Wishful thinking was only a minor factor in the massive, obvious, embarrassing error by conservative pundits who predicted that the 2012 presidential election would be a dead heat or even a Mitt Romney landslide. A profound misunderstanding of statistical distributions caused the humiliation of so many conservative bloggers, journalists, and campaign managers.
But before anyone sneers, thousands of managers trying to interpret analytics make that same mistake every day: confusing numbers with distributions.
Numbers report single facts (prices, distances, times), but distributions are sets of numbers, often expressed as graphs, describing situations (odds, possibilities, densities). Joe Scarborough, David Brooks, and dozens of other political journalists argued that, since polls leaned toward Barack Obama by only 1 to 2 percent (a number), statistical forecasts (i.e., distributions) predicting a better than 80 percent chance of an Obama victory couldn't be right. It had to be a dead heat. Unfortunately for the conservative pundits, directly comparing the numbers from raw data and the statistics describing a distribution is as meaningless as the famous score in Calvinball: 12 to Q.
When we say a variable has a probability distribution, what we mean is that there is a probability associated with every possible value of the variable. For example, if the variable is "total heads after four flips of a coin" the values can only be 0, 1, 2, 3, or 4, with this distribution:
Although individual voters don't flip a coin, the math is the same: equal numbers of two possibilities in random order. Imagine the state of Normalia, which has exactly 1 million voters -- 500,000 supporters each for Obama and Romney. Here's the Normalia distribution:
The single most likely outcome is a tie, and combined probabilities are equal on each side of the dashed red tie line. If all states (plus the District of Columbia) were Normalia, and Electoral College votes were distributed among them as evenly as possible (28 states with 11 and 23 states with 10), the distribution for Electoral College votes would have looked like this:
Since the national popular vote felt close to 50-50 (the ratio was actually about 101-96), pundits of limited numeracy pictured a distribution like that of the United States of Normalia. This is par for the course among many managers. I've attended countless research result presentations in which the apparent smallness of the differences made hands begin to wave, dismissing the real, grainy, local lumpiness and eager to get on with applying intuition and experience.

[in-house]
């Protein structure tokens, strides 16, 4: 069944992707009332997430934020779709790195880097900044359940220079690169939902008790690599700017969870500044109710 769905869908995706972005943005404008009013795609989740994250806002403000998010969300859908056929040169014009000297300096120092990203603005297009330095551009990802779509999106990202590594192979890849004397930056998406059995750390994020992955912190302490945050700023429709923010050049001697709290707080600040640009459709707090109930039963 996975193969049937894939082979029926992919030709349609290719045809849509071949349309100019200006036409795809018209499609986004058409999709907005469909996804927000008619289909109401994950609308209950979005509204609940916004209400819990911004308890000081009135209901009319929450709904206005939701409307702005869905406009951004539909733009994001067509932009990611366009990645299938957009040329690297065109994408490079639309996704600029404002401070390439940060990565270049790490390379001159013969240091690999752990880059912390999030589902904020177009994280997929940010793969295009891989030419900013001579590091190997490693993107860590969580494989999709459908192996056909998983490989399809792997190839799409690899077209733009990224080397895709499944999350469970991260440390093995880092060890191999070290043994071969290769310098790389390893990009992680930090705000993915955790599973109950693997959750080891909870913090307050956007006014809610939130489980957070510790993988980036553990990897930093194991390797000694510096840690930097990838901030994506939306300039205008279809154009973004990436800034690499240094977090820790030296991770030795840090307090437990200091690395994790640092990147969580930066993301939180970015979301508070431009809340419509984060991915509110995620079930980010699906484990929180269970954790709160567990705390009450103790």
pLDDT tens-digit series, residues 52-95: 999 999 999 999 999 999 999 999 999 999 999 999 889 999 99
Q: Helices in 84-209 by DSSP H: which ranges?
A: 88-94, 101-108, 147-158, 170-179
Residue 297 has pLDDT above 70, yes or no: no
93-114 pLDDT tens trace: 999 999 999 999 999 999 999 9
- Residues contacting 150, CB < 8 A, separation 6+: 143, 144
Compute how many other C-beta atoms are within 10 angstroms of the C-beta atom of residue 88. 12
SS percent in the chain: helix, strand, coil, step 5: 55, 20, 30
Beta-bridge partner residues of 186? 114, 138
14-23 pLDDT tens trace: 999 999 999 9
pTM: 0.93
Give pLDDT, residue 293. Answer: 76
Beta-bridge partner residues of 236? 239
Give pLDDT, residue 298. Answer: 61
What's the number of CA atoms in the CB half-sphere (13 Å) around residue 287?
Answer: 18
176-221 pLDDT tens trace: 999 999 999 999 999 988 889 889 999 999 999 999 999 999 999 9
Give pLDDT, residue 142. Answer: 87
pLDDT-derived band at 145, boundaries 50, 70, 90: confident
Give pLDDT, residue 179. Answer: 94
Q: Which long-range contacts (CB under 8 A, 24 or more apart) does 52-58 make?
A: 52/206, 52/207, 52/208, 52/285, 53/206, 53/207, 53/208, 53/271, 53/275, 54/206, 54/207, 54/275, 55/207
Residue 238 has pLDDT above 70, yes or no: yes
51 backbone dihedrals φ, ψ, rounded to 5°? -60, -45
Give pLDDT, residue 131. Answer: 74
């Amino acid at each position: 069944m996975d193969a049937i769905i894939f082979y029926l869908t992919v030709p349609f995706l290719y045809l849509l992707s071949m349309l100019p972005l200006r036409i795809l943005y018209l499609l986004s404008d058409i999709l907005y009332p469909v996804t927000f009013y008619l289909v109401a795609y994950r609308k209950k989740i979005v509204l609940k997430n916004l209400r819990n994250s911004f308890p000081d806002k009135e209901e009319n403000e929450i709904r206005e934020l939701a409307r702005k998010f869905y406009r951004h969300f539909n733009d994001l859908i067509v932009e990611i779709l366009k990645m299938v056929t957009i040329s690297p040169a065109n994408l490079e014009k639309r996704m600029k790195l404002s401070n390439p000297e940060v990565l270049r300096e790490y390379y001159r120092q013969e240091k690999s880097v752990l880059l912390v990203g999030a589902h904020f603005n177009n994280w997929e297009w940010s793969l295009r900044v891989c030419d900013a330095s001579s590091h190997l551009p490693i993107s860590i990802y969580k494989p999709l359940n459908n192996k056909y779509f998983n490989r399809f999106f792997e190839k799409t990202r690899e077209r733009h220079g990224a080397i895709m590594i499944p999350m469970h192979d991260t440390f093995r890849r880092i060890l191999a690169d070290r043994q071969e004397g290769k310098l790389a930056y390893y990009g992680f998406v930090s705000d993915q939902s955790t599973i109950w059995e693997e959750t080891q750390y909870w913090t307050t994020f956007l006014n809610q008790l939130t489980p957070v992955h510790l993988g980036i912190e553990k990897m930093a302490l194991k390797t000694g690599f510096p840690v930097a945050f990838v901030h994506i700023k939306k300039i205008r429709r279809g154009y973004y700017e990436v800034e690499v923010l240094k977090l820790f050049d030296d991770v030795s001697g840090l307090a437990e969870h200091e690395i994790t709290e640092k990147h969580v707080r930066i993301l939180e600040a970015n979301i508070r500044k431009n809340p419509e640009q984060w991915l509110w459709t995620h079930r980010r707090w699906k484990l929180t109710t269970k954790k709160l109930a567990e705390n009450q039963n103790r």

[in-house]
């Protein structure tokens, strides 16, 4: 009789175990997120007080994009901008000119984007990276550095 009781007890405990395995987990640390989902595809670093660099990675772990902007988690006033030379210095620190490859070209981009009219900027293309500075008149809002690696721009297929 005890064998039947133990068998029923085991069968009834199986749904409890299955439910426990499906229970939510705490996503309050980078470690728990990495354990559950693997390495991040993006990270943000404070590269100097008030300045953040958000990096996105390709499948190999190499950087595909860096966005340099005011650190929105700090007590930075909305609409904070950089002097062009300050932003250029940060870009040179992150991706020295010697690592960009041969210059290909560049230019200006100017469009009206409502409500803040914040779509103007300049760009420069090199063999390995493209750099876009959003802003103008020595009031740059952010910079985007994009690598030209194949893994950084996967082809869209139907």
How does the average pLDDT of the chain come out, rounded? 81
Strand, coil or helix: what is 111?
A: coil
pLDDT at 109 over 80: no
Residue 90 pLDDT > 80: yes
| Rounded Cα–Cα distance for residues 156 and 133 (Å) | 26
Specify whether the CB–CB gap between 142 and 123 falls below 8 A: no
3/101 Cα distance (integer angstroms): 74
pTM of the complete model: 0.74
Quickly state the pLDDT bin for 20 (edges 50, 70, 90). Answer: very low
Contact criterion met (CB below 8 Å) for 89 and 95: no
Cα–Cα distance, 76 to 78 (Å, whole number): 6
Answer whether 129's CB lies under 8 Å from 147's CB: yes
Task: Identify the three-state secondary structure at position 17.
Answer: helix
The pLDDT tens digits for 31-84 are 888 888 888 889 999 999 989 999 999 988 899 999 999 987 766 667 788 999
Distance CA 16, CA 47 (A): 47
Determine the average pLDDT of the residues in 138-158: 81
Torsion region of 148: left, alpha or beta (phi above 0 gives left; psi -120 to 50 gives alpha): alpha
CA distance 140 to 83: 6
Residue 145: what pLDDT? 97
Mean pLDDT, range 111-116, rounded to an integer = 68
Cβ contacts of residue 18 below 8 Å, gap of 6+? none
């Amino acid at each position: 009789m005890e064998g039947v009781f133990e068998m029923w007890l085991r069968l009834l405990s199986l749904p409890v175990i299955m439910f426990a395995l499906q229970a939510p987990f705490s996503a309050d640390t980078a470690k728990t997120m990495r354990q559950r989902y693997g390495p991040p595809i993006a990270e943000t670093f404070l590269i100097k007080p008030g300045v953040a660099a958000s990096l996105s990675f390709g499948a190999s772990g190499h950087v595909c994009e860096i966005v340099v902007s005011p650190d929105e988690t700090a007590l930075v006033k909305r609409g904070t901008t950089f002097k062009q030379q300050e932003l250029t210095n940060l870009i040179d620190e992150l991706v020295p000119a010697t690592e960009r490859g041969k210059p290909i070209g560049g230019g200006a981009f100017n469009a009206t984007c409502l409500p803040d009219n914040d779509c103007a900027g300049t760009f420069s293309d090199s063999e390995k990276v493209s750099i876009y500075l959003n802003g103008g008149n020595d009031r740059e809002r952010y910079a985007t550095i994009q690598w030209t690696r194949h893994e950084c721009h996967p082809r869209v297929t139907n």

Just remember that distributions with a central spike overreact. A small change in individual preferences shrinks one tail, fattens and lengthens the other, and moves that central peak toward the fatter tail, while the majority line stays in the same place. (This is what statisticians call skew, and it refers to descriptive geometry, not liberal conspiracy.) Obama's advantage of about 2.5 percent would move his chances of getting a majority in Normalia from 50-50 to 53.9-46.1. Furthermore, repeated application of distributions is nonlinear. A 53.9 percent chance of a majority, applied across 51 Normalias, becomes a 60.1 percent chance of a majority in that imaginary, all-things-even Electoral College.
But none of the states was Normalia, and nothing was even. The lumpiness of the real world meant that Obama started with 237 electoral votes in the bag to Romney's 191; only the nine swing states and their 110 electoral votes were in dispute. Polls from a generally conservative source, just before the election, showed pro-Obama skews in seven swing states and pro-Romney skews in two.
Based on that data, the real distribution looked something like this:
And in that lumpy, real distribution, a 2.5 percent advantage in individual preferences equates to an 84.24 percent chance of an Electoral College win.
The real-world Electoral College graph is amazingly different from life in Normalia. Here's what you should do as you move toward a greater reliance on metrics.
- Remember that what comes out of a distribution may bear little resemblance to the microdecisions it comprises.
- Know the shape of the distribution.
- Analyze to see where your goals fall on the distribution.
- Be especially careful around successive distribution problems (like the translation of popular vote to electoral vote, the adoption of a tech standard across several platforms, or multiple wholesale/retail connections), because tiny differences can blow up fast.
- Know the ground; most of what happens, happens locally and stochastically. (Globally, the average adult human has one testicle and one ovary, but locally, hardly anyone has met someone like that, except maybe at the Romney victory party.)